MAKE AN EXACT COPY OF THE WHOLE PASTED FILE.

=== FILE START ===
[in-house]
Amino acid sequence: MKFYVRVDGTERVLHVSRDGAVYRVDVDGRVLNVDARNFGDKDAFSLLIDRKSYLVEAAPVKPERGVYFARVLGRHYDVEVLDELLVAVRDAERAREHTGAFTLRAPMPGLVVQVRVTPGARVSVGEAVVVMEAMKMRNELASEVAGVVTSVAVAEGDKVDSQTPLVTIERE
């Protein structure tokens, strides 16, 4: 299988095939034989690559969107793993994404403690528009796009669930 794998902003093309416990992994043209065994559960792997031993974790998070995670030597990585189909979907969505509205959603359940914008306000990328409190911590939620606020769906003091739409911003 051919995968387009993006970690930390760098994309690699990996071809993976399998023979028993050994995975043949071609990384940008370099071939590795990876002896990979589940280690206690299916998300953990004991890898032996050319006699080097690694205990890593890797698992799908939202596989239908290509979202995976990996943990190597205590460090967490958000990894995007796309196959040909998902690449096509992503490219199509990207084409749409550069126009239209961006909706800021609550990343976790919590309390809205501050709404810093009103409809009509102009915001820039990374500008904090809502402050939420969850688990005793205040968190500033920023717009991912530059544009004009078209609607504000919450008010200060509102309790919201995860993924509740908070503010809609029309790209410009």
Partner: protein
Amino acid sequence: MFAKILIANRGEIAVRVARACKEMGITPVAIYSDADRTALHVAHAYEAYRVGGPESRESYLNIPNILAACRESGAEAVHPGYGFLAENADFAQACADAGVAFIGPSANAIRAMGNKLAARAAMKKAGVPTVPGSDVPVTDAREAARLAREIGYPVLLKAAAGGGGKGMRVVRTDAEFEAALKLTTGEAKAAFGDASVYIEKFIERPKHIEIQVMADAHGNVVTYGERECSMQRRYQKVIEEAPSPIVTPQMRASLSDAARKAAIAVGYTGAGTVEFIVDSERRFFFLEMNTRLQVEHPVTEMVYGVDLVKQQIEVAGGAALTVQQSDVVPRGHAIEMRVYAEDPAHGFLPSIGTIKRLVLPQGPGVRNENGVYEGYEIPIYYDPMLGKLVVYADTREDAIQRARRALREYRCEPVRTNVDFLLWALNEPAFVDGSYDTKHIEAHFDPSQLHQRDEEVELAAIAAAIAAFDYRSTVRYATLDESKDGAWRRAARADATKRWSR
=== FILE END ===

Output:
[in-house]
Amino acid sequence: MKFYVRVDGTERVLHVSRDGAVYRVDVDGRVLNVDARNFGDKDAFSLLIDRKSYLVEAAPVKPERGVYFARVLGRHYDVEVLDELLVAVRDAERAREHTGAFTLRAPMPGLVVQVRVTPGARVSVGEAVVVMEAMKMRNELASEVAGVVTSVAVAEGDKVDSQTPLVTIERE
């Protein structure tokens, strides 16, 4: 299988095939034989690559969107793993994404403690528009796009669930 794998902003093309416990992994043209065994559960792997031993974790998070995670030597990585189909979907969505509205959603359940914008306000990328409190911590939620606020769906003091739409911003 051919995968387009993006970690930390760098994309690699990996071809993976399998023979028993050994995975043949071609990384940008370099071939590795990876002896990979589940280690206690299916998300953990004991890898032996050319006699080097690694205990890593890797698992799908939202596989239908290509979202995976990996943990190597205590460090967490958000990894995007796309196959040909998902690449096509992503490219199509990207084409749409550069126009239209961006909706800021609550990343976790919590309390809205501050709404810093009103409809009509102009915001820039990374500008904090809502402050939420969850688990005793205040968190500033920023717009991912530059544009004009078209609607504000919450008010200060509102309790919201995860993924509740908070503010809609029309790209410009």
Partner: protein
Amino acid sequence: MFAKILIANRGEIAVRVARACKEMGITPVAIYSDADRTALHVAHAYEAYRVGGPESRESYLNIPNILAACRESGAEAVHPGYGFLAENADFAQACADAGVAFIGPSANAIRAMGNKLAARAAMKKAGVPTVPGSDVPVTDAREAARLAREIGYPVLLKAAAGGGGKGMRVVRTDAEFEAALKLTTGEAKAAFGDASVYIEKFIERPKHIEIQVMADAHGNVVTYGERECSMQRRYQKVIEEAPSPIVTPQMRASLSDAARKAAIAVGYTGAGTVEFIVDSERRFFFLEMNTRLQVEHPVTEMVYGVDLVKQQIEVAGGAALTVQQSDVVPRGHAIEMRVYAEDPAHGFLPSIGTIKRLVLPQGPGVRNENGVYEGYEIPIYYDPMLGKLVVYADTREDAIQRARRALREYRCEPVRTNVDFLLWALNEPAFVDGSYDTKHIEAHFDPSQLHQRDEEVELAAIAAAIAAFDYRSTVRYATLDESKDGAWRRAARADATKRWSR